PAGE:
Legislature(1995 - 1996)
02/01/1995 01:05 PM JUD
* first hearing in first committee of referral
= bill was previously heard/scheduled
= bill was previously heard/scheduled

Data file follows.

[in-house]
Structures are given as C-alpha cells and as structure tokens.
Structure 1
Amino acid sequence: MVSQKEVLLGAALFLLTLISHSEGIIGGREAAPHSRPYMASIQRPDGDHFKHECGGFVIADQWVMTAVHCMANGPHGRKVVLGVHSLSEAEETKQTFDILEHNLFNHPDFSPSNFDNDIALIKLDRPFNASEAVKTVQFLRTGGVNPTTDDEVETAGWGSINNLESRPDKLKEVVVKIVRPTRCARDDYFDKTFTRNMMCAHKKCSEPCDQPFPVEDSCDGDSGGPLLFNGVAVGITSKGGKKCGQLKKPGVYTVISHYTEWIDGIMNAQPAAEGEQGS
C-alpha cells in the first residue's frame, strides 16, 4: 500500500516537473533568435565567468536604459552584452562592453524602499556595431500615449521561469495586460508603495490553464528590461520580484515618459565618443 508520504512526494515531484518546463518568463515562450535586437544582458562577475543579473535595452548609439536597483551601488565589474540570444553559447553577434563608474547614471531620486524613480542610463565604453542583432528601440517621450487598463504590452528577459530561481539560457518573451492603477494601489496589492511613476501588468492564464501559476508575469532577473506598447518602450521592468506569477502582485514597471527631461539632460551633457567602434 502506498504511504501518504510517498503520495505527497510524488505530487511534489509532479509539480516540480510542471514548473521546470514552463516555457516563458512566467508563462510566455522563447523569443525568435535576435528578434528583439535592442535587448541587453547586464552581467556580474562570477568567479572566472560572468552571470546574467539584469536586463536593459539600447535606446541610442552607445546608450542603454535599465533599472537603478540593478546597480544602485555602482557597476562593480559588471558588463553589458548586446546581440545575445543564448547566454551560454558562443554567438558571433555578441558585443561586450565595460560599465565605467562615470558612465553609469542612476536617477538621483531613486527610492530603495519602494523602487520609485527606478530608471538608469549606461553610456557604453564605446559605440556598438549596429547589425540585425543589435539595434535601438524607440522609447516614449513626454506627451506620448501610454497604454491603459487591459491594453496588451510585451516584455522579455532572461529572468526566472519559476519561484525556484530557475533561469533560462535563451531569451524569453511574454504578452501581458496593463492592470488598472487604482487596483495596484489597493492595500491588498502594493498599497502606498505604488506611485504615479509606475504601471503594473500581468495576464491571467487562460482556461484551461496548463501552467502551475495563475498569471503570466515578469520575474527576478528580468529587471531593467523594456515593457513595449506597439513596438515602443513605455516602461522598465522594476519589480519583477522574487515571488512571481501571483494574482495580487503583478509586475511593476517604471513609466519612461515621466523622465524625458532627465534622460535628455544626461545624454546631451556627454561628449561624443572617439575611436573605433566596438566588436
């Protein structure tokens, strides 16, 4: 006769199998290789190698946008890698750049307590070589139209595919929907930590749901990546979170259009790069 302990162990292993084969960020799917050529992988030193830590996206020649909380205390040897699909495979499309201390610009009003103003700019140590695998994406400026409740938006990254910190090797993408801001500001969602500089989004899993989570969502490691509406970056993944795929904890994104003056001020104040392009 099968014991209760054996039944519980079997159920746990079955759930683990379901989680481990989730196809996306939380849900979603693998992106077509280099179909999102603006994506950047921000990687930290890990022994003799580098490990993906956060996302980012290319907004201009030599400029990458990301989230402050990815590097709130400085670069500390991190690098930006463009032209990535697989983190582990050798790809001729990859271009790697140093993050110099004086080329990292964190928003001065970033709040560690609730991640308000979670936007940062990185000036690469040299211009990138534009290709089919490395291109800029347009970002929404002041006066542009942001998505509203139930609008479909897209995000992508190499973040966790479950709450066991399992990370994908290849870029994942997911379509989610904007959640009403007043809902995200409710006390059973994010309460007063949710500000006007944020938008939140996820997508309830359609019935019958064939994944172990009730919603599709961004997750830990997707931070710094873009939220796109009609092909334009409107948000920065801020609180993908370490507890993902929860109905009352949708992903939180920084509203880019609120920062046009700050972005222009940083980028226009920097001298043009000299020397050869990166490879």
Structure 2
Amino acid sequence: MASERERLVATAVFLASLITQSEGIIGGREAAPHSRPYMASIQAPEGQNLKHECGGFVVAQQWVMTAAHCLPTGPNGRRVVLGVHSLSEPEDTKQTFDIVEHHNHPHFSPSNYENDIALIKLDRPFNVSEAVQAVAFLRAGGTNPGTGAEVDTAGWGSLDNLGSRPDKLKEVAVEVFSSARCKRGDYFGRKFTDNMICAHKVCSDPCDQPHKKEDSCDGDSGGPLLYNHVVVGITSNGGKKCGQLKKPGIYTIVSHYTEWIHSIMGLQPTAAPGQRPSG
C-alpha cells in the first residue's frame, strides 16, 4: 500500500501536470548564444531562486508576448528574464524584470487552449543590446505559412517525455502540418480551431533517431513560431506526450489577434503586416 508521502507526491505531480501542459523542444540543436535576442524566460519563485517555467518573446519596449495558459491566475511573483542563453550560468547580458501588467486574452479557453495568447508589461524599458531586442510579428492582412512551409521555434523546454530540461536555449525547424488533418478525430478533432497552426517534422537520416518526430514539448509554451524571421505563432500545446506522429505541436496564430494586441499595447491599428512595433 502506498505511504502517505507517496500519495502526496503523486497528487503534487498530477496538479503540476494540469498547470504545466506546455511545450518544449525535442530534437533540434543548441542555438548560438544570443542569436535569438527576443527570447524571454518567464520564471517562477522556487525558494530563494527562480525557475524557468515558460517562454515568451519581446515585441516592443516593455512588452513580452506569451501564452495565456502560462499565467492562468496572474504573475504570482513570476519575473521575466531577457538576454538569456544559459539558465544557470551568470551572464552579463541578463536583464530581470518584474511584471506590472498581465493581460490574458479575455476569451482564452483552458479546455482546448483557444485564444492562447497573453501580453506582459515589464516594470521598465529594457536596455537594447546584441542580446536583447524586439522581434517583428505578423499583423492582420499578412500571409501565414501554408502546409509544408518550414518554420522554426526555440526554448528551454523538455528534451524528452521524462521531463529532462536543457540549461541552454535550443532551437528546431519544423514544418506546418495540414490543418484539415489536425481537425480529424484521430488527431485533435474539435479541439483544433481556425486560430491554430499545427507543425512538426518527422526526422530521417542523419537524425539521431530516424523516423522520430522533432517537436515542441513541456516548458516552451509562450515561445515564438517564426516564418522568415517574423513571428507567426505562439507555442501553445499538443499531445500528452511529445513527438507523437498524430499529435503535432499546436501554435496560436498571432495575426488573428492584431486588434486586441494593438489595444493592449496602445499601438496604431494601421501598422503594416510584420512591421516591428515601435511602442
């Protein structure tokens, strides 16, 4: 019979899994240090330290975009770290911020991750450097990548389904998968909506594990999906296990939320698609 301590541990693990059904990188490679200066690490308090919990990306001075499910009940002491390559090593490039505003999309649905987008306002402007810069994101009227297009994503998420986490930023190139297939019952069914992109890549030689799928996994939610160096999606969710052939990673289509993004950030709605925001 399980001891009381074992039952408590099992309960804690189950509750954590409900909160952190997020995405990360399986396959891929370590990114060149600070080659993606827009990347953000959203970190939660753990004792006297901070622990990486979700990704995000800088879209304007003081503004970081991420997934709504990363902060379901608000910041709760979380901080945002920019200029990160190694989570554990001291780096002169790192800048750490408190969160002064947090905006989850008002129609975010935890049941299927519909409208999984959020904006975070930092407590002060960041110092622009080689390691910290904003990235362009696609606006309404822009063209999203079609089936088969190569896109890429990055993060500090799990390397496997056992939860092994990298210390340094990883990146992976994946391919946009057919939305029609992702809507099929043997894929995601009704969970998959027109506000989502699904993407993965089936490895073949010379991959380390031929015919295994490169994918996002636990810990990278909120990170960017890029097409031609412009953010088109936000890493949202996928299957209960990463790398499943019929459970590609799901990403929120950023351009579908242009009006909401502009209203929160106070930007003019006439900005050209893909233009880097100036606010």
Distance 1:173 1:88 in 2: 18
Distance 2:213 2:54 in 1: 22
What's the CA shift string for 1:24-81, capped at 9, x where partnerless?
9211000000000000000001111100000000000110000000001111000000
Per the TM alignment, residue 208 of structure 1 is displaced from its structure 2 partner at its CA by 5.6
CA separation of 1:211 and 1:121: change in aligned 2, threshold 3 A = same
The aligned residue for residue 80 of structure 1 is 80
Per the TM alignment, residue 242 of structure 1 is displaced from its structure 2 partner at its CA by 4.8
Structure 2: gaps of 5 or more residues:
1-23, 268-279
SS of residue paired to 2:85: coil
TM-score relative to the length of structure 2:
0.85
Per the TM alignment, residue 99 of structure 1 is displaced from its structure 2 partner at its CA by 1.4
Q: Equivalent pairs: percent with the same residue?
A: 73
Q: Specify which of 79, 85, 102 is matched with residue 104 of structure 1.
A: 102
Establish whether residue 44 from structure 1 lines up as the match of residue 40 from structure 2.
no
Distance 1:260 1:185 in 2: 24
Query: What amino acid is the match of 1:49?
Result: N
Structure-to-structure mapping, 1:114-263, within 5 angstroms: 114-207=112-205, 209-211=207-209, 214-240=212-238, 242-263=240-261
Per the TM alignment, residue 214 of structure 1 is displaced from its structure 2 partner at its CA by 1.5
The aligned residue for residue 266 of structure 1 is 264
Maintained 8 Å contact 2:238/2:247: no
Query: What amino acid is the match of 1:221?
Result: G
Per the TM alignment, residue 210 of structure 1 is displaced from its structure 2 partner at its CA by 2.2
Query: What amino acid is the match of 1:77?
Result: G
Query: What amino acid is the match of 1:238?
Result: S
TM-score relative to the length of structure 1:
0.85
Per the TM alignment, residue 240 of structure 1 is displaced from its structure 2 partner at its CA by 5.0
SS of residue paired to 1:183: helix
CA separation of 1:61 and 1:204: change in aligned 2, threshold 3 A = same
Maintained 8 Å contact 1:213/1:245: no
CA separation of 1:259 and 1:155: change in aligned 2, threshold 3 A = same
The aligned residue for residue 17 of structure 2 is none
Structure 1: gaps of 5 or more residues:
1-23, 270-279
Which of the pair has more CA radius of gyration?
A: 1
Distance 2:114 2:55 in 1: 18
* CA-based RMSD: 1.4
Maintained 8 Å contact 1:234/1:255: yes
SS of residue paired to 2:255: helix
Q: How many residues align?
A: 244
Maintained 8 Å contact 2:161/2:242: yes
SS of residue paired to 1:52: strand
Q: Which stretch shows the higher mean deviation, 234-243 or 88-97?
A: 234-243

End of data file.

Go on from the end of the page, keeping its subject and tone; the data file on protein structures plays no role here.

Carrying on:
HJUD - 02/01/95 HB 103 - COMPETITION W/PVT SECTOR: CORRECTION IND. Number 685 ROD MOURANT, Aide to Representative Kott, sponsor of HB 103, stated Representative Kott is a strong endorser of the correctional industries program. Current statute allows correctional industries to enter into a competitive environment with previously existing private industry operations. This legislation attempts not to force the correctional industry to back out of those circumstances, but merely to charge their prices competitively in those circumstance; thereby not defeating the purpose of the correctional industries program, but rather protecting a circumstance where a government subsidized operation at a correctional industry is competitive with the private sector. Its investments are therefore protected. Specifically, there are letters from different meat packing industries, both of whom are affected by the current circumstances described. In a slaughterhouse/meatpacking operation, which is actually under state control, there is no requirement to charge competitive overhead and wage expenses. They are able to price their product at a considerably less than market value price. That adversely affects these companies in the private sector. In those circumstances where competition exists with the private sector, this bill calls for the correctional industries' workers to be paid a competitive wage for the service. Those wages would be paid over to the Commissioner of Corrections; for paying both to the inmate and for deposit into the state general fund. A negative fiscal note accompanies the bill, indicating if they had to charge higher prices for their services, they would lose business. Number 750 REPRESENTATIVE CYNTHIA TOOHEY asked if the Palmer facility was the only registered slaughterhouse in Alaska. Number 760 MR. MOURANT thought there were two slaughterhouses, but there is no competition in the slaughterhouse industry. Therefore the slaughterhouse operation is not affected by this legislation at all. The two slaughterhouses are in two different environments. One is a federally inspected slaughterhouse and the other is a state licensed and inspected facility; two different categories, and there is no competition within the state in that regard. Number 764 REPRESENTATIVE TOOHEY was confused by the letters from Mikes' Quality Meats and Indian Valley Meats, complaining about the competitiveness of the Palmer slaughterhouse. Are we not talking about apples and oranges? MR. MOURANT said there is no competition in regards to slaughter operations. The competition is within the cutting, packaging and marketing of products. The slaughterhouse provides both functions. Number 781 REPRESENTATIVE BUNDE asked if the meat was currently on the market at below market prices. Number 785 MR. MOURANT thought that the wholesale purchase price for the finished product was considerably lower than the fair market rate. Number 795 REPRESENTATIVE FINKELSTEIN asked why the existing system was not working and what the negative impact was. Number 800 MR. MOURANT understood that it falls through the cracks in the existing statutes because it is not privately owned, and that is, in fact, what the current legislation speaks to, in regard to the commission not entering into competition with a privately owned facility. The facility we are dealing with is one that used to have a loan through the Agricultural Revolving Loan Fund. That loan was foreclosed on in 1986. The state now owns that Mt. McKinley operation. Number 825 REPRESENTATIVE FINKELSTEIN understood the statute to mean that within the system, they are supposed to look at the impact of these activities on private industry; that private industry being other folks who might want to do it. If the correction industries is involved with it, they have to make the determination that it will not adversely impact other companies out there who are offering the same services. He thought there was a system in place to handle these types of conflicts - a commission to make these determinations. He was confused as to why that did not work. TAPE 95-6, SIDE B Number 000 WALLY ROMAN, Corrections Industries Program (CIP) Manager, Department of Corrections, gave a little background about CIP to bring the committee up to date. The purpose of the CIP is to reduce idleness and to employ prisoners in realistic work experiences. Recently, they have developed two cooperative ventures with the private sector. The part of the statute being talked about is the part that allows them to do that. During hearings four years ago, the legislature clearly defined more requirements on establishing new markets and new industries to minimize the impact on the private sector. Since 1992, CIP has striven to communicate all of its activities to the public sector through advanced advertising, citizens advisory groups, chamber of commerce presentations, and more hearings to receive public comment. The program has been very conservative in ensuring that all proposed ventures are scheduled for discussion before the CIP implements any operations. In addition, the program has promoted cooperative ventures with the private sector that would control the possibility of competition. Of the total $2,000,000 in gross sales, approximately 20 percent have been sales to nonprofit organizations, private individuals, and wholesale to the private sector businesses. MR. ROMAN said the department does have several concerns with the provision of HB 103. It is anticipated that the proposed provisions may be difficult to define and implement, and in addition, there are existing statutes that already provide for the defined process we are talking about, and can be addressed under the Correctional Industries Commission. We believe they should evaluate and regulate the potential competition of the private sector. He said their primary concerns were that the statute establishing free venture businesses has been utilized to implement several different models of correctional industries operations in conjunction with the private sector. This section of the bill was put in there in 1986 to allow them to take advantage of a program called the Prison Industry Enhancement Act, which was under the United States Department of Justice. It was specifically put in there to design a level playing field with the private sector. They have had operations under that program and are in the process of implementing a couple more. They are concerned that adjusting the provisions of 43.32.017 may affect future implementations of cooperative ventures with the private sector. MR. ROMAN explained the difficulty that would result from trying to pay comparable wages to workers, since their workers are completely untrained inmates. If actual costs reflected training hours, the prevailing rate would be so much higher, they would place themselves out of the market. Another aspect that keeps them noncompetitive with the other slaughterhouses is that they are only allowed to cut and wrap one animal per customer per year. They are unlimited in the number of animals they can slaughter for wholesale distribution purposes. Number 330 REPRESENTATIVE BUNDE asked if the Department of Corrections' meat prices in the stores are comparable to meat purchased from private meat packing operations. MR. ROMAN explained that their meats would not be found in stores, because they cannot keep up with the demand for volume. They sell to private restaurants. REPRESENTATIVE TOOHEY stated she was opposed to the state competing at all with the private sector, if the playing field is not totally level at all perceptions. Number 415 REPRESENTATIVE VEZEY commented that we have a large societal problem in incarcerating people. He supported anything they could do to make this cost of incarceration less of a burden to society. He did not know of anything constructive that could be done that does not, conceivably, compete with private sector. He felt there needs to be a balance between the need to have an affordable system of incarceration and maintaining a healthy private sector. He felt the commission that is in place would be a much better forum to address the fairness of this type of competition than a statute or legislative committee. If there is a problem, maybe the makeup of the commission should be looked at, rather than trying to codify what competition is. Number 450 HERB SIMON, resident of Nelchina, explained his frustrations with the complications involved in conveying his public opinion to the committee members in time for the meeting. He then explained in full detail, the slaughter process and how that relates to their pricing formula. He felt the Mt. McKinley facility to be unique in its services due to the equipment used, quality of inspections, and capacity for processing. Also, it is the only facility that slaughters animals grown exclusively in Alaska. He said it would be hard for the Department of Corrections' operations to compete with private sector wages. He also thought the industry should be deregulated. Number 660 CHAIRMAN PORTER felt that if the committee were to consider this bill, it would be more to the point to recognize that there is already a system in place to deal with these issues. He asked the bill sponsor to meet with the Department of Corrections to see if the constituent concerns could be addressed through another avenue. REPRESENTATIVE DAVIS agreed with Chairman Porter. She felt that maybe the two private industries who expressed concern, do not fully understand what Mt. McKinley does, exactly. They need to be educated and included in the discussion. She felt there was a difference between what is going on at the private meat packing plants and the Mt. McKinley slaughterhouse. Number 711 CHAIRMAN PORTER noted the statute provides a mechanism to deal with the problem they are expressing, which is unfair competition. The competition comes in the sale, not what goes into the costs; and so the sale price mechanism is there. REPRESENTATIVE BUNDE observed that the competition question could be answered by having comparable prices placed on the finished product. Number 730 REPRESENTATIVE DAVIS asked about the pricing on products going to the wholesalers. Number 735 MR. ROMAN explained that their prices are based on an agricultural index and the restaurant index. MR. SIMON mentioned that Alaska is known as a dumping ground for the lower 48, for products they do not want; so the fresher products coming from Mt. McKinley are higher in quality. Number 750 REPRESENTATIVE BUNDE felt maybe Mt. McKinley's prices were too low for what the product is. Number 825 CHAIRMAN PORTER asked what happens if there are no competitors when starting a new business, and one pops up two years later. Are you then required to adjust, based on what that business does? Number 840 MR. ROMAN said that has happened, and what they did is stayed in the business and tried to meet the prevailing market rate created within the business. The free venture statute allows for somebody to come in and run a business inside the prison with their managers completely. It also allows them to sell to a private company at wholesale, according to their specifications. That is what they are doing with Aurora Caskets right now. It allows them to come in and purchase a block of hours from the inmate work force. It also allows them to do some business with the public. For all of those, they have to go out and receive special certifications, and if it is interstate commerce, they have to meet certain federal guidelines before they can do business. CHAIRMAN PORTER announced the bill would be held. ADJOURNMENT The House Judiciary Committee adjourned at 2:45 p.m.